• Digital Imperial Statistics: Historical statistics are usually not available online. In this pilot project, the German Imperial Statistics from 1873 to 1883 have been digitised and processed into a format that researchers can download easily for re-use in spreadsheets. This project is also funded by the German Research Foundation (DFG).[25]
  • Digital preservation: Because of the rapid technical development of recent years, information is often only available in digital form. At the same time, the hard- and software needed for reading this information becomes obsolete even more rapidly. Digital preservation ensures that future generations will still be able to use this information. To this end, the ZBW cooperates with two other German Libraries, the Leibniz Information Centre for Science and Technology (TIB) and the Information Centre for Life Sciences (ZB MED), in a pilot project to develop strategies and methods for the digital preservation of digital resources.[26]
  • Linked Open Data: the project describes the provision of Open Data as Linked Data. The ZBW makes intensive efforts to link its own data with external data in order to find new applications and potential uses. The first ZBW data to be published in this form is the Standard Thesaurus for Economics. Current prototypes can be seen in the ZBW Labs.[27]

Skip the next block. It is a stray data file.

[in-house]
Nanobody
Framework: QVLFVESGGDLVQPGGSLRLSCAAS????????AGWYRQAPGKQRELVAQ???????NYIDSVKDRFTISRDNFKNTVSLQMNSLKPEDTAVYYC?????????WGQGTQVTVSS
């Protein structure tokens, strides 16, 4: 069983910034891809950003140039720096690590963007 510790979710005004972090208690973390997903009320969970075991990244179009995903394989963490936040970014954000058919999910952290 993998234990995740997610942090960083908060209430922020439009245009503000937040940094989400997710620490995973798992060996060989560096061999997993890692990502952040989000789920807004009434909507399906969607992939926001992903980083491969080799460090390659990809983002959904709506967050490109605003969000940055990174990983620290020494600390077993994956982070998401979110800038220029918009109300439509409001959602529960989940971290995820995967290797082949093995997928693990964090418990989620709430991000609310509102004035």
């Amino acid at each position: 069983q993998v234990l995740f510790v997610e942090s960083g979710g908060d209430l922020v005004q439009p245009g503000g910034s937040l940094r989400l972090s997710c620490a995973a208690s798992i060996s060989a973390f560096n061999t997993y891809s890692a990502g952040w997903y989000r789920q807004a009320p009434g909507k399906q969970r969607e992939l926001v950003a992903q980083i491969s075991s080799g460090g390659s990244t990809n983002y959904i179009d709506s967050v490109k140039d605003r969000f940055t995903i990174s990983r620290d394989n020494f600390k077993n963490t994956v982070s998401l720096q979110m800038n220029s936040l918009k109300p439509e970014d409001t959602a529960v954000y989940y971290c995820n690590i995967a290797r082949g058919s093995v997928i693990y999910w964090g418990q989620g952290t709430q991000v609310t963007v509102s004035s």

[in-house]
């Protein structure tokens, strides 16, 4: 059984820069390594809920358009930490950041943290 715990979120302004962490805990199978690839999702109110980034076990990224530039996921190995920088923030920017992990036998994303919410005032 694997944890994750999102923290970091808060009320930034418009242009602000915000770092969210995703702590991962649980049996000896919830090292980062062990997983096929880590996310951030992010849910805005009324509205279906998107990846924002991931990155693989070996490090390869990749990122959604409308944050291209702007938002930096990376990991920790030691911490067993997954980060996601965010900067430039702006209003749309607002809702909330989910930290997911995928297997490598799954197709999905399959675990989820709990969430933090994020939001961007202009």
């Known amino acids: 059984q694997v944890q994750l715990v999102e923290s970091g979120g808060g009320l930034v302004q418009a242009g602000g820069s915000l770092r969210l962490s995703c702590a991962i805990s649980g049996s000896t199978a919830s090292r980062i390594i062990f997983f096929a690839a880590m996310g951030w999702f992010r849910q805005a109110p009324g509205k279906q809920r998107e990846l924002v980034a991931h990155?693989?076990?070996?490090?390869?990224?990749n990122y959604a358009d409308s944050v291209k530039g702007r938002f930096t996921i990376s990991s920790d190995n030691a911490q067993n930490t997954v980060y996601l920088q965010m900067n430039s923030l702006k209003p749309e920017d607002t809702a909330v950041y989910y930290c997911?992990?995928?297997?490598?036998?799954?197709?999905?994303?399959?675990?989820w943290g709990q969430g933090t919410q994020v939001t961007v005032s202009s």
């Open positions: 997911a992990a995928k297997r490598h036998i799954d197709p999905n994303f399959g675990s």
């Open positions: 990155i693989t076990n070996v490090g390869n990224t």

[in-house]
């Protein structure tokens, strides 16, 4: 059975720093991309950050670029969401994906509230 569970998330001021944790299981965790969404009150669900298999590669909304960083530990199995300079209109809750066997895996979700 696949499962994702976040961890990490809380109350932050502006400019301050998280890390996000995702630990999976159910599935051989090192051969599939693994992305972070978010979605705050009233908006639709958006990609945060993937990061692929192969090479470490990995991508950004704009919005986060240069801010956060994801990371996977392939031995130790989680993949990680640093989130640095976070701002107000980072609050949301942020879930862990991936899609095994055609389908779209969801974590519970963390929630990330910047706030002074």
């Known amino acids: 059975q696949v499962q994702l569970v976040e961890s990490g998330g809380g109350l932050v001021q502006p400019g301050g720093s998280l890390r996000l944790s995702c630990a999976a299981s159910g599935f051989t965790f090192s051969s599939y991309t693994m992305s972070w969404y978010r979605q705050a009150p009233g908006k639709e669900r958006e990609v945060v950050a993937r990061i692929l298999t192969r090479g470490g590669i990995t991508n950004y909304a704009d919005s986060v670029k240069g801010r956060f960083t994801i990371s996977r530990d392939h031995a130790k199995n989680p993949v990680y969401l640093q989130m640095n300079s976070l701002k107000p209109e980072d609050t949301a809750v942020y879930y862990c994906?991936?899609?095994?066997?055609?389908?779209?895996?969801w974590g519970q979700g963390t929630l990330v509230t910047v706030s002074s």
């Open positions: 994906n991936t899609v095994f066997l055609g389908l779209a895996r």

• da|ra[28] – The registration agency for research data in social sciences and economics. The ZBW – Leibniz Information Centre for Economics and GESIS – Leibniz Institute for Social Sciences are working together to develop a registration agency where researchers from the social sciences and economics can register the primary data resulting from their research. It also serves to make data accessible, identifiable, and thus replicable, which means that the entire research process becomes more transparent and more efficient. Both the ZBW and GESIS are members of DataCite, an international initiative to establish universal standards for the registration of research data.[29][30]

Networks and cooperations

In order to meet the challenges resulting from the technological changes in information provision, the ZBW relies on a global network. It has signed cooperation agreements with national and international research institutions, for instance in the context of the Leibniz Research Alliance Science 2.0,[31] the EU project MOVING,[23] and in numerous DFG-funded projects.

The ZBW is also actively engaged in the community of information infrastructure providers, for instance in the working groups of the Leibniz Association, the Common Library Network, LIBER, nestor and the Priority Initiative "Digital Information".[32]

Research at the ZBW

The ZBW carries out application-oriented research in computer and information science. Three professors work with an international and interdisciplinary team of researchers on the subject of Open Science / Science 2.0.

Open Science / Science 2.0 describes the changes that the World Wide Web and its numerous Web 2.0 applications engender in the research and publication processes of the science system, which are the subject of research at the ZBW. In 2013, the ZBW initiated the Leibniz Research Alliance Science 2.0.[31] This Europe-wide cooperation of infrastructure providers and research institutes wants to establish the topic of Open Science in the scholarly community.

The goal is to provide open access to, and use of, scientific findings and processes. An annual international conference (Open Science Conference)[33] offers opportunities for researchers, librarians, and experts in science policy to share applications, experiences and strategies around the complex of Open Science.[34]

Activities in science policy